Texas governor shakes up panel probing 2004 execution
Gov. Rick Perry replaced the chairman of the Texas Forensic Science
Perry refused 2 other reappointments; his office said their terms had
Man executed for setting a fire in his home that killed his 3 daughters
Commission probing whether Cameron Willingham should have been on death
Texas Gov. Rick Perry on Wednesday shook up the ranks of a state
commission that is probing whether a man executed in 2004 belonged on
death row, forcing the commission to delay a scheduled hearing on the
Gov. Rick Perry's office said the moves were a routine replacement of
members whose terms had expired.
Perry replaced the chairman of the Texas Forensic Science Commission and
refused to reappointment two other members. The moves came two days before
the commission had been scheduled to hear from arson investigation expert
Craig Beyler, the author of the latest of three reports critical of the
testimony that helped prosecutors convict Cameron Todd Willingham of
murder in 1992. The governor's office told CNN the moves were a routine
replacement of members whose terms had expired.
Perry, who says he remains convinced of Willingham's guilt, replaced
commission Chairman Sam Bassett with John Bradley, the district attorney
of Williamson County, near Austin. Another member, Aliece Watts, was
replaced with San Antonio forensic pathologist Norma Farley. Perry also
did not reappoint Alan Levy, a prosecutor in Fort Worth's Tarrant County.
As a result of the shakeup, the Forensic Science Commission put off
Friday's scheduled session with Beyler, who was to answer questions about
his conclusions in a public forum. The commission "will need time to
regroup and reorganize," its staff coordinator, Leigh Tomlin, told CNN.
Bassett said he had asked to be reappointed to the commission, but,
"Obviously, Governor Perry had other plans." He would not say whether he
thought his replacement was politically motivated, but added, "I'm worried
the good work of the commission will get tabled."
Willingham was accused of setting a fire in his home in Corsicana that
killed his three daughters. He insisted on his innocence until the end,
and opponents of the death penalty say his case and the subsequent reviews
may force Texas to admit it executed an innocent man.
The Beyler report concludes that findings at the heart of Willingham's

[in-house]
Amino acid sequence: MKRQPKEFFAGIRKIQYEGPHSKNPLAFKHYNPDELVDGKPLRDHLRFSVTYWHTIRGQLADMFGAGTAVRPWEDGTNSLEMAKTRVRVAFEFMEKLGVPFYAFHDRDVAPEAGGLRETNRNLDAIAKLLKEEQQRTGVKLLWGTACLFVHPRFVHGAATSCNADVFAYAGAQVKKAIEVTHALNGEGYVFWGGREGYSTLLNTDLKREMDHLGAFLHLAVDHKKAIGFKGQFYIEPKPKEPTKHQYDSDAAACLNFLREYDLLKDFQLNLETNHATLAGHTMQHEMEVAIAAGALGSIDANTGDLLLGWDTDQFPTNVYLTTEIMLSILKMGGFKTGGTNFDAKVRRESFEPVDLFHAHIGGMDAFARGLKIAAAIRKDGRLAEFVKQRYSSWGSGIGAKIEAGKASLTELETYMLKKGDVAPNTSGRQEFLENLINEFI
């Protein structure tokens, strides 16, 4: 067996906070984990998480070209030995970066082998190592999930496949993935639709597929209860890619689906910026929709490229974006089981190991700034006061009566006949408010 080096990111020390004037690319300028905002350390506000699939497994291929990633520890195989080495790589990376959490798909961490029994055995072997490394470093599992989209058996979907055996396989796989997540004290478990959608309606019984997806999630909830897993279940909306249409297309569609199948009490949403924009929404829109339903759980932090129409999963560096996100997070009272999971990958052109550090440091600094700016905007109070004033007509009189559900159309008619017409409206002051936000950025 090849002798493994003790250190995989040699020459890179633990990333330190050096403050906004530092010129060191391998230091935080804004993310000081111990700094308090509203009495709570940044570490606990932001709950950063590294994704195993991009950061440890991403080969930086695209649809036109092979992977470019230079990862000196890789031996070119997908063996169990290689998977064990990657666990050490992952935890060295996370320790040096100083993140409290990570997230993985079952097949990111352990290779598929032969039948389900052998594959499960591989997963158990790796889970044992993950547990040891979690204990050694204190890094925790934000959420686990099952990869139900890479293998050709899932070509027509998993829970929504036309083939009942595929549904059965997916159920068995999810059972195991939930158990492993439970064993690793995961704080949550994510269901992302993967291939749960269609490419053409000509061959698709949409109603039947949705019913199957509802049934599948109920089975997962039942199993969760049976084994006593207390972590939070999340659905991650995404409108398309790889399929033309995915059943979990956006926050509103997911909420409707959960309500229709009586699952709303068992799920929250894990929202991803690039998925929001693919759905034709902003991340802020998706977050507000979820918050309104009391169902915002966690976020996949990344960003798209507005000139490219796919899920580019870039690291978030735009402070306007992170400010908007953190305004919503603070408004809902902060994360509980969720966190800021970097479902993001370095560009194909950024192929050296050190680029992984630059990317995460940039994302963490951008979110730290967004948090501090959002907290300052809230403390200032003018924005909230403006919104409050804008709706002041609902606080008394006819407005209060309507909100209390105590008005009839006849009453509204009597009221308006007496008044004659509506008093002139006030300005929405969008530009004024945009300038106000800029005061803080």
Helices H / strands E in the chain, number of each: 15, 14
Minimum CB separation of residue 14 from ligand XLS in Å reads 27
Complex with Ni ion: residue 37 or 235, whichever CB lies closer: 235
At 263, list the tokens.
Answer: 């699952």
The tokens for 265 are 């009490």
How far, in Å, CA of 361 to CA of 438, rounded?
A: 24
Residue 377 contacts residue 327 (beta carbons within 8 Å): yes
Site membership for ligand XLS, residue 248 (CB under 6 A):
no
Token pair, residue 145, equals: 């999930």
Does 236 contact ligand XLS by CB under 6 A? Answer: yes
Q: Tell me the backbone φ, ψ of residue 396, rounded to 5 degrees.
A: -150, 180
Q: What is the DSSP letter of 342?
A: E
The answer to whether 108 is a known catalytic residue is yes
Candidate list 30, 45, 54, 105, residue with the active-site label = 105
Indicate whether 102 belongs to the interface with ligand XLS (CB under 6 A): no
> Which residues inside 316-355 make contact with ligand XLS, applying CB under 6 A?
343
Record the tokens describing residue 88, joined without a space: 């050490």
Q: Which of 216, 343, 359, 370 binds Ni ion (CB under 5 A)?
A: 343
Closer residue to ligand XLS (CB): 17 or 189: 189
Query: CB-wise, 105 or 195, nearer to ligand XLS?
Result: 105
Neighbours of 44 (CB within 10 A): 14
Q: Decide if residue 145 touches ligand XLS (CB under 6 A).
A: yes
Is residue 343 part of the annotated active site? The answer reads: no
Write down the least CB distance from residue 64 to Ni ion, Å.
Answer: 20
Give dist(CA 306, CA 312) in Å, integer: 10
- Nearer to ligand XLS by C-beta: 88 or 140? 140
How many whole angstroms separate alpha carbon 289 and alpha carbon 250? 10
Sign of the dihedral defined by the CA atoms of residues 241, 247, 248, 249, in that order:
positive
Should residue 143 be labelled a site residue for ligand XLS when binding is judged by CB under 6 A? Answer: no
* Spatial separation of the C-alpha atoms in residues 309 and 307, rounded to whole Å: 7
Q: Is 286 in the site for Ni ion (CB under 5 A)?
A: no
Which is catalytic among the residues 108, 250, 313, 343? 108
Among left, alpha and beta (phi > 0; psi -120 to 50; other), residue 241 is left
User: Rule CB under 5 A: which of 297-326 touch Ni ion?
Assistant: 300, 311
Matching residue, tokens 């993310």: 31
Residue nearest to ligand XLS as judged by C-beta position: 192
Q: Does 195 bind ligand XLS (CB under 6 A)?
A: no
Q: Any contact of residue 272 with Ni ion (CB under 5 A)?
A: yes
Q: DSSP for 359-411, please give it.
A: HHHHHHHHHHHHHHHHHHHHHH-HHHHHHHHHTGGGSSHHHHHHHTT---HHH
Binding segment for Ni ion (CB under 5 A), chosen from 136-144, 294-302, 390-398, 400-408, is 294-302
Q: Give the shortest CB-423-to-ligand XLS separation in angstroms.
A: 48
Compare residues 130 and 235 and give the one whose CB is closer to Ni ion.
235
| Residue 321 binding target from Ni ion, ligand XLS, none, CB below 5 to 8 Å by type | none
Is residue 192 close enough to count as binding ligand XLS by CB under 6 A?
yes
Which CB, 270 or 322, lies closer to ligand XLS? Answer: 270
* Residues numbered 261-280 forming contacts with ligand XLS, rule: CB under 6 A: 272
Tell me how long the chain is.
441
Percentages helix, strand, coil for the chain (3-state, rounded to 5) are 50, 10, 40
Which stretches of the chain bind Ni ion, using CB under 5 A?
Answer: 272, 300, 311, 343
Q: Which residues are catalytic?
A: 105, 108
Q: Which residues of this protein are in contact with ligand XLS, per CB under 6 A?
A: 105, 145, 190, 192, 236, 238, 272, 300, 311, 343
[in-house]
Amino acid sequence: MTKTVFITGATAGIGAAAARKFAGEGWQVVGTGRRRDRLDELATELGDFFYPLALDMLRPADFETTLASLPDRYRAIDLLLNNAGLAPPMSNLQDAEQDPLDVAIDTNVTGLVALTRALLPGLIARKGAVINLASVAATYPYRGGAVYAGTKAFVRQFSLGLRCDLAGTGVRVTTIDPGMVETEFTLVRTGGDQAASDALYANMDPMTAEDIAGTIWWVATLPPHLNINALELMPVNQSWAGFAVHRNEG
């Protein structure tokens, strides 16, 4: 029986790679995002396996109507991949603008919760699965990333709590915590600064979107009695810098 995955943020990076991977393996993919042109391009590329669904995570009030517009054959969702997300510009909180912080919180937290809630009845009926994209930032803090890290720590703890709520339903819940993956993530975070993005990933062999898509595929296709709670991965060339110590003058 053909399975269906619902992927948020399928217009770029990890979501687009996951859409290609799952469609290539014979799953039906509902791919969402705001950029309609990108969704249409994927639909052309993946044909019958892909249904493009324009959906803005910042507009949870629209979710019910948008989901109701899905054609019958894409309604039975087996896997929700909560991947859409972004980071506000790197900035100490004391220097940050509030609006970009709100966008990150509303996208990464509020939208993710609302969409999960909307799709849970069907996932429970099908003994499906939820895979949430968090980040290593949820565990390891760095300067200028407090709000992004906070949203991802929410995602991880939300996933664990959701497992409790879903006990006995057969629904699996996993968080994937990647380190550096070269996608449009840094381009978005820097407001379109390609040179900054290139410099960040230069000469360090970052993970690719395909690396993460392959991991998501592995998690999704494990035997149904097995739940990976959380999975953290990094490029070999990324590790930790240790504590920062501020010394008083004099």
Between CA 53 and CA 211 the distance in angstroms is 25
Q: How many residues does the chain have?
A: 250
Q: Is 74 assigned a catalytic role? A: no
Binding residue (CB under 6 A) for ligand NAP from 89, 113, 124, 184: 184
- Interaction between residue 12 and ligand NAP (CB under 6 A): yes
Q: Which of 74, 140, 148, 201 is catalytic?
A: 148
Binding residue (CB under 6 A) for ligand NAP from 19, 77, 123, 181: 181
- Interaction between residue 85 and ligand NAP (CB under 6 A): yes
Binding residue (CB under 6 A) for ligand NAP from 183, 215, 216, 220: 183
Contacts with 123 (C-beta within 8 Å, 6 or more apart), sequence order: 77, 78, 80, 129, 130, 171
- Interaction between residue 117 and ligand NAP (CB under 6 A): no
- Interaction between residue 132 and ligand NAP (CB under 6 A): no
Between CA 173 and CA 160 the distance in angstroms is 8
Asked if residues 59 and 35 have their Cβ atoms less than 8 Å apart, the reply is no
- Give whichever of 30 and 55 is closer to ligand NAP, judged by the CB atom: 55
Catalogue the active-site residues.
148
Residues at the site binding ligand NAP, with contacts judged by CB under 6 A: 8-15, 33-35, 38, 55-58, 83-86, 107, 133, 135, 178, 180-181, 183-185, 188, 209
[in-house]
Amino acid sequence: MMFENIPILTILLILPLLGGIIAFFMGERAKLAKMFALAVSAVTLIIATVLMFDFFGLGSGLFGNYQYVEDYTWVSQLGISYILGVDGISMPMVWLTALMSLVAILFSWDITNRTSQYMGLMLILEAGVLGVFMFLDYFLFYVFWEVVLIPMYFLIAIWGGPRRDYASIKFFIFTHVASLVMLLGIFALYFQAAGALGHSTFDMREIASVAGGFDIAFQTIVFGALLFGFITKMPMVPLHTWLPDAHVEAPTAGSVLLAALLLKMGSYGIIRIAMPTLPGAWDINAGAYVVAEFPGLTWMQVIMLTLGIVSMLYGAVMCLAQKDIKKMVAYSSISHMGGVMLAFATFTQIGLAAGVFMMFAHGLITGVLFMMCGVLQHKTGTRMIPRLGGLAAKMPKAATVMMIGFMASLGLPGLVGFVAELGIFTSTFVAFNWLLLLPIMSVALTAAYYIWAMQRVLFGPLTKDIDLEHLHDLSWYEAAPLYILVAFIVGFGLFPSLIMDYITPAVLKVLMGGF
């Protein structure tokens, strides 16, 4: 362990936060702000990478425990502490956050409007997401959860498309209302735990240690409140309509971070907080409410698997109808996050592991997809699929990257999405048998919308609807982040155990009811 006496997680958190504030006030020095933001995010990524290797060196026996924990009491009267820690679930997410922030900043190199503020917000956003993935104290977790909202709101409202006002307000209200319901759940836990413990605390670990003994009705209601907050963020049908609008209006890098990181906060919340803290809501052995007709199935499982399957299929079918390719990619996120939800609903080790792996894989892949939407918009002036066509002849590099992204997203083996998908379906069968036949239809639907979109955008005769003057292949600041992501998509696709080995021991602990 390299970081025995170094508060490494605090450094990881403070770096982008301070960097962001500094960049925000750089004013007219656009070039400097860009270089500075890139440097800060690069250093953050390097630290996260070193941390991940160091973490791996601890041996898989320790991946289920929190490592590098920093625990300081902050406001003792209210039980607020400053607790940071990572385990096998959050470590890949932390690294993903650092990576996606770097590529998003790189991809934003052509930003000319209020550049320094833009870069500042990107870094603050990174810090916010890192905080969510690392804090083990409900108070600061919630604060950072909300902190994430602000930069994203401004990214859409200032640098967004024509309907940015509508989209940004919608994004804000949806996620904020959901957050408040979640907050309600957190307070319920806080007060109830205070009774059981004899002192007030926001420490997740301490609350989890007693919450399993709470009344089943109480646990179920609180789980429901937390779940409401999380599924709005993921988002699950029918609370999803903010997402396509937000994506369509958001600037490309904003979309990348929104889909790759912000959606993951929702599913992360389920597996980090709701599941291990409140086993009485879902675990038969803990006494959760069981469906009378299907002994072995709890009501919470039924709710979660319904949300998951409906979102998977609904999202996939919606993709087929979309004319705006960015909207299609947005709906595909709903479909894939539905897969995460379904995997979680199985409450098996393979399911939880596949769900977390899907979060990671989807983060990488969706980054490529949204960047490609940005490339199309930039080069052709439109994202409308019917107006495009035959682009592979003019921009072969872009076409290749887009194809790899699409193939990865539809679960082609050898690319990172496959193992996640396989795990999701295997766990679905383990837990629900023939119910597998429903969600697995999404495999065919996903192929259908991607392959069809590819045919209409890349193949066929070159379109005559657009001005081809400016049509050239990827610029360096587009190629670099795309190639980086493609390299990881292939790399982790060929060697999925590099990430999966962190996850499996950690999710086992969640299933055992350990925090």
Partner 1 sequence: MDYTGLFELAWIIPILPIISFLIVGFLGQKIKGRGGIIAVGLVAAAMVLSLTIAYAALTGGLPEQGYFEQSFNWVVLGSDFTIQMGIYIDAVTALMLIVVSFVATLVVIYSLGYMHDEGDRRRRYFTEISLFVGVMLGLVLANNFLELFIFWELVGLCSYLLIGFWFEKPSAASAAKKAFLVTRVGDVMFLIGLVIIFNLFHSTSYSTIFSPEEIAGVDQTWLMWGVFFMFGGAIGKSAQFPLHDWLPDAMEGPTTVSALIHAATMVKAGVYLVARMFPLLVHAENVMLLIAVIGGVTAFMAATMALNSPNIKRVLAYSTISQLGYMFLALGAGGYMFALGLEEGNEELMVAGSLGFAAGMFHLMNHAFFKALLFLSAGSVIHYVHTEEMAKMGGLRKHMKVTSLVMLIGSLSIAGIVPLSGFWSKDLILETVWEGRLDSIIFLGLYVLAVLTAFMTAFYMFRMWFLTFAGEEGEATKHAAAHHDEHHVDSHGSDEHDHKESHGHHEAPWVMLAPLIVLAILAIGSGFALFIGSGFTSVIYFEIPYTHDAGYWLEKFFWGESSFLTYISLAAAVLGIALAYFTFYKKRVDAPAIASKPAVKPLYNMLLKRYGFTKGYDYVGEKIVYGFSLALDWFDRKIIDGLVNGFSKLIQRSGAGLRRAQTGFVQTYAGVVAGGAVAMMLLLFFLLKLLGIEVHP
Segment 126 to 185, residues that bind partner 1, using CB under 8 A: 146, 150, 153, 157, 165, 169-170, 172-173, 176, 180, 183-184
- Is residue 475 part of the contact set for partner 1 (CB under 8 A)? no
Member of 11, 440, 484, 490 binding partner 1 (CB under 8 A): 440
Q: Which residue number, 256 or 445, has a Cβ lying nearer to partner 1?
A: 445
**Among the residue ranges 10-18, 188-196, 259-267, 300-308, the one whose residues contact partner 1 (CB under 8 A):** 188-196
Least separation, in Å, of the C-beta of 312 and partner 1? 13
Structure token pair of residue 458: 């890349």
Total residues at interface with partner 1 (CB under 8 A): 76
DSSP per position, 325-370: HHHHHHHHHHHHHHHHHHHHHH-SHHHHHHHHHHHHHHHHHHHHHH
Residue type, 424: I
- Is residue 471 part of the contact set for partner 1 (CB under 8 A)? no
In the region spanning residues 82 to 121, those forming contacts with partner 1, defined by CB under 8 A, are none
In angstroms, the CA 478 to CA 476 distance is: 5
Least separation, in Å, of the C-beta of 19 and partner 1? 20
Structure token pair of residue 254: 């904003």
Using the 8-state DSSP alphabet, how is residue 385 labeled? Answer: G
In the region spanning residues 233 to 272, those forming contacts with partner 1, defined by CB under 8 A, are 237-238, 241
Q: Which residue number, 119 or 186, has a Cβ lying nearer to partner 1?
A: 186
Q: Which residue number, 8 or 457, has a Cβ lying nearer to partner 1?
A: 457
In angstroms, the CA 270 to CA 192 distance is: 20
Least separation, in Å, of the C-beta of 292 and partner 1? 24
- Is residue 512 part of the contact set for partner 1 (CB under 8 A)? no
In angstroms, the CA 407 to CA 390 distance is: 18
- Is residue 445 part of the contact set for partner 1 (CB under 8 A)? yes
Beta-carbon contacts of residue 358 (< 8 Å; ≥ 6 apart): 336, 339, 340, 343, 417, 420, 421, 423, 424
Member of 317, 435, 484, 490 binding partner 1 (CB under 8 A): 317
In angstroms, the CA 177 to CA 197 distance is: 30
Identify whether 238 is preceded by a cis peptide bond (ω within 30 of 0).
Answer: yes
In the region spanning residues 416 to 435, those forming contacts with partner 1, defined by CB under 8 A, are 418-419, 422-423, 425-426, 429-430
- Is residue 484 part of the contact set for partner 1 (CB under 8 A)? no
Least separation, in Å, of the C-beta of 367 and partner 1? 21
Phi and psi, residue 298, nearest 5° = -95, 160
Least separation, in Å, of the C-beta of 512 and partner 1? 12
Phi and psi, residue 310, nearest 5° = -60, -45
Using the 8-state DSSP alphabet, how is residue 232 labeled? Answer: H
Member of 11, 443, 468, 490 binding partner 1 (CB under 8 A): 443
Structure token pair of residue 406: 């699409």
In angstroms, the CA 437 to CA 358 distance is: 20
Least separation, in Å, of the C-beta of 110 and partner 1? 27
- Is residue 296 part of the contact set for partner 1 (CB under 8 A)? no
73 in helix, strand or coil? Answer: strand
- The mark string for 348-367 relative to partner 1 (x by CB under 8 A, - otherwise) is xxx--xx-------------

conviction — that the fire that killed his daughters was set deliberately
— "could not be sustained" by either modern science or the standards of
the time. 2 previous reports by other experts also concluded that the
fatal blaze was not arson, but Beyler's is the first commissioned by the
In Ardmore, Oklahoma, where his family lives, Willingham's stepmother said
she was "shocked and disappointed" by the postponement of Friday's
"What good is it going to be having a commission if they don't have the
freedom to investigate and find out what really happened?" she asked.
But Corsicana police Sgt. Jimmie Hensley, the lead investigator in the
Willingham case, dismissed the reports as "Monday-morning quarterbacking."
"I'm firmly a believer that justice was served," Hensley said.
Texas pardons longest-serving inmate freed by DNA A Texas man who spent
more time in prison than any other inmate before being exonerated by DNA
evidence was pardoned by Texas Gov. Rick Perry on Wednesday, clearing the
way for him to collect millions of dollars from the state.
James Woodard's conviction was set aside 18 months ago after DNA testing
showed he didn't commit the 1980 murder for which he had spent nearly 3
decades in prison. The Innocence Project said his 27 years behind bars
edges out Charles Chatman, a Dallas man also cleared by DNA evidence, for
Woodard was the boyfriend of the victim, who was found sexually assaulted
and strangled. One of two eyewitnesses recanted her testimony, and
subsequent DNA testing showed Woodard did not commit the sexual assault.
Texas enacted a law this year making its compensation for wrongly
convicted people the most generous in the nation. They receive $80,000 for
each year of incarceration, plus a lifetime annuity. In Woodard's case,
that totals about $4.3 million.
Dallas County District Attorney Craig Watkins and a state district judge
wrote letters supporting giving Woodard a pardon for innocence, which was
recommended unanimously by the state Board of Pardons and Paroles.
"My action today cannot give back the time he spent in prison, but it does
end this miscarriage of justice," Perry said in a statement.
The pardon makes Woodard the 39th person cleared by DNA evidence in Texas,
a nationwide high, according to the Innocence Project, a New York legal
center that specializes in overturning wrongful convictions.
For years, Woodard wrote to court officials asking them to re-examine his
"This couldn't happen to a more deserving guy," said Woodard's attorney,
Innocence Project of Texas Chief Counsel Jeff Blackburn. "He is a
remarkable guy who fought his own case, all along, with no one listening
to him for 20-some years."
Woodard is 1 of 21 wrongly convicted Dallas County men whose convictions
have been set aside after DNA testing. Prosecutors plan to retry one of
(source: Associated Press)